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Distillery Logo

Image Credit:



Malcolm Waring
*Distillery Manager

Inver House Distillers (Thai Beverages plc)


Barrel Head


Barrel Head

head whisky maker(s)

Barrel Head


Barrel Head

Year Founded

Barrel Head


Pulteney Distillery, nestled in the historic port town of Wick, was founded in 1826 by James Henderson and named after Sir William Pulteney. During the late 18th century until the onset of World War I, Wick was a bustling hub of the herring trade, boasting a massive harbor built in 1808. The boom in trade led to the establishment of Pulteneytown, a new town on the south bank of the river, constructed by Thomas Telford in 1810. This expansion was made possible in part by Sir William Pulteney MP, who played a vital role in Wick's growth as the head of the Fisheries Board. As the population grew, the need for a distillery became apparent.

In 1825, James Henderson, previously distilling discreetly in Stemster, established the Pulteney Distillery, creating whisky amidst the thriving herring industry. The Henderson family retained ownership for nearly a century before selling the distillery to Jas. Watson of Dundee in 1920. However, Wick's town council voted for prohibition in 1922, which coincided with the transfer of Old Pulteney to John Dewar & Sons. In 1924, it became part of DCL but was forced to close in 1930 due to market downturns.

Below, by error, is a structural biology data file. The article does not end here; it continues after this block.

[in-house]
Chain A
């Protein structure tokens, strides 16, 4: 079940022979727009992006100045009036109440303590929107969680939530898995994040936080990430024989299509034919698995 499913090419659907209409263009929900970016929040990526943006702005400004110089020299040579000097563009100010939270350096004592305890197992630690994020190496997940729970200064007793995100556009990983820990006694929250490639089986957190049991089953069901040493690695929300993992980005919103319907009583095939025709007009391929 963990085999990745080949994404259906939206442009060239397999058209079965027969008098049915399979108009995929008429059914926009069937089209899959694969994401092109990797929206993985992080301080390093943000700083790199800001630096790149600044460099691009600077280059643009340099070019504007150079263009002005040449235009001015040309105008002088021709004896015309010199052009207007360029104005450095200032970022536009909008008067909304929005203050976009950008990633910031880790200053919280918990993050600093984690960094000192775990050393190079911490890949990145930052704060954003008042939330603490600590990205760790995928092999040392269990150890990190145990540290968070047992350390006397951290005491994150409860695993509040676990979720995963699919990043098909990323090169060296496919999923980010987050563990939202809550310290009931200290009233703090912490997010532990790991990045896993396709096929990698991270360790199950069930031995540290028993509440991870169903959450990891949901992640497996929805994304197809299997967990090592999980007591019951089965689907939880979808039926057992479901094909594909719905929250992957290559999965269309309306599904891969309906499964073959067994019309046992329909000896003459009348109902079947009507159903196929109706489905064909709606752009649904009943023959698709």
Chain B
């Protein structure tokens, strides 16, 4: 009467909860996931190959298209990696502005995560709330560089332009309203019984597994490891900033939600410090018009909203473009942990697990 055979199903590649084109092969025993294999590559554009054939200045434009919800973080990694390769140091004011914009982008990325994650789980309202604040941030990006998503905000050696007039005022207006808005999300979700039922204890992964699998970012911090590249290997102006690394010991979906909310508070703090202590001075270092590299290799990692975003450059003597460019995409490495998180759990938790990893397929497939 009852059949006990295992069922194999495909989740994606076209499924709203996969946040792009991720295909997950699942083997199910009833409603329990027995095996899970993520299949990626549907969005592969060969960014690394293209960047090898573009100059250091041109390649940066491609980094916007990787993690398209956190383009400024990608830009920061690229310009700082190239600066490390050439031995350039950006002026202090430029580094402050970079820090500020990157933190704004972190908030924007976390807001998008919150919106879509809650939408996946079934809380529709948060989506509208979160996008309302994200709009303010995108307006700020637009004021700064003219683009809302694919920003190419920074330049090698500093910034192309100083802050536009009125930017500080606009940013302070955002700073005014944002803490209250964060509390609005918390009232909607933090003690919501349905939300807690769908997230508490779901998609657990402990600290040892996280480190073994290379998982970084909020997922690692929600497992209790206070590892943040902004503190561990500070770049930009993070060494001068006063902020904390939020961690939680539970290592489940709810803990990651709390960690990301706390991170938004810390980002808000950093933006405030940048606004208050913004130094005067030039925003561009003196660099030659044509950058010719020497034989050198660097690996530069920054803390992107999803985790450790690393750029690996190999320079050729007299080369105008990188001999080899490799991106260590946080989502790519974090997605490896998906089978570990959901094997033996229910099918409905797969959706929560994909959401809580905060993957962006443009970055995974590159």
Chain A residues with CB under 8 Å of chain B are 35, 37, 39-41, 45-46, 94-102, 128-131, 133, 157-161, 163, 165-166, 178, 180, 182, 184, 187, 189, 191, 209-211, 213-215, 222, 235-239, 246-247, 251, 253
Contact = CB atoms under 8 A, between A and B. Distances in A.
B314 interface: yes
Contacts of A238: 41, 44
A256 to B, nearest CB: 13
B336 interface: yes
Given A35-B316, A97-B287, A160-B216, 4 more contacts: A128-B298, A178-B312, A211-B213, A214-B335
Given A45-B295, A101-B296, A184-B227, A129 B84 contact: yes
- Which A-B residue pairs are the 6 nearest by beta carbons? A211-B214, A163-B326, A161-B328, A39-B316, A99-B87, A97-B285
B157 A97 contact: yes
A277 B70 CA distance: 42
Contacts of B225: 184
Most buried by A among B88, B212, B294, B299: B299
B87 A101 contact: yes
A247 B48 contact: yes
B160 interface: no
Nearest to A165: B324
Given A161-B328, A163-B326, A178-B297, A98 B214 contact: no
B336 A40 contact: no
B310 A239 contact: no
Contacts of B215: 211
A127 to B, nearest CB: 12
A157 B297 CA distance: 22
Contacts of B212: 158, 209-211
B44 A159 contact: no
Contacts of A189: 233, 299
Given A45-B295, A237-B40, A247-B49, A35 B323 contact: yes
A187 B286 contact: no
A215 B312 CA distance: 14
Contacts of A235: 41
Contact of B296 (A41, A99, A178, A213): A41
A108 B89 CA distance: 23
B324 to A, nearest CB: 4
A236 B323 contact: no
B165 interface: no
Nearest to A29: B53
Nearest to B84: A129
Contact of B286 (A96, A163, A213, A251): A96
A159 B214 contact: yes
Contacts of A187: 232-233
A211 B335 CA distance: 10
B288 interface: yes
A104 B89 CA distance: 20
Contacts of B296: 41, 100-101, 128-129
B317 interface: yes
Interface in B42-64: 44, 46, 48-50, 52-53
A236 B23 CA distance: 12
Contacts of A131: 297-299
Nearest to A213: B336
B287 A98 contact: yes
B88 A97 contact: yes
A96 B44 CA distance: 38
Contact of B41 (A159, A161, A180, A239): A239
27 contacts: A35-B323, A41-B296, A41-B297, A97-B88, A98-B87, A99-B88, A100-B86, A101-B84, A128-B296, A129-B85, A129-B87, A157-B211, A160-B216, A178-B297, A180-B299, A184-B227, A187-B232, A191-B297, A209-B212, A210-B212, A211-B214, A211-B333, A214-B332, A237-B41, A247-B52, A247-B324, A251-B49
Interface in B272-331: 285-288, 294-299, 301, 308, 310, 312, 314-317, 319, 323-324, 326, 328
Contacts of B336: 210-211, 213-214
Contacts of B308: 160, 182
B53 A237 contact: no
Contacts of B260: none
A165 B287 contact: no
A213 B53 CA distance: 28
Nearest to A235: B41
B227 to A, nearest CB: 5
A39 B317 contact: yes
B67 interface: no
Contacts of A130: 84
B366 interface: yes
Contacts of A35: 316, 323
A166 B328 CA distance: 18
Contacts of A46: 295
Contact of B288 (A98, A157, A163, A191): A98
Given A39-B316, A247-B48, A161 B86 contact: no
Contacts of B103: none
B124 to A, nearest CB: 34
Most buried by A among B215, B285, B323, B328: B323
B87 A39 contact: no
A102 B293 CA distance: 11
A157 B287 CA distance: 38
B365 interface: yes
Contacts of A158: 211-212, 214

In 1951, local entrepreneur Robert 'Bertie' Cumming breathed new life into the distillery, purchasing it. He later sold both Pulteney and Balblair to Hiram Walker in 1955. Ownership shifted through mergers, eventually landing the distillery under Allied Distillers' ownership. In 1995, Inver House acquired Pulteney, embarking on a journey of renovation and rejuvenation. The Old Pulteney brand was successfully established.

Pulteney's distillation process distinguishes it from others. The wash still boasts a significant boil bulb and flat top, optimizing reflux and the separation of specific alcohols. The spirit still features a purifier pipe and intricate, coiling lyne arm, enhancing reflux and potentially imparting oiliness to the character. The distillation process culminates in condensing through worm tubs, imparting weight to the spirit. Old Pulteney whisky reflects a harmonious blend of heavy, leathery, and oily characteristics, balanced with a fragrant, almost ozonic freshness. The whisky's exposure to the sea air during maturation contributes to its unique character.

-Written (Mostly) by Robots-

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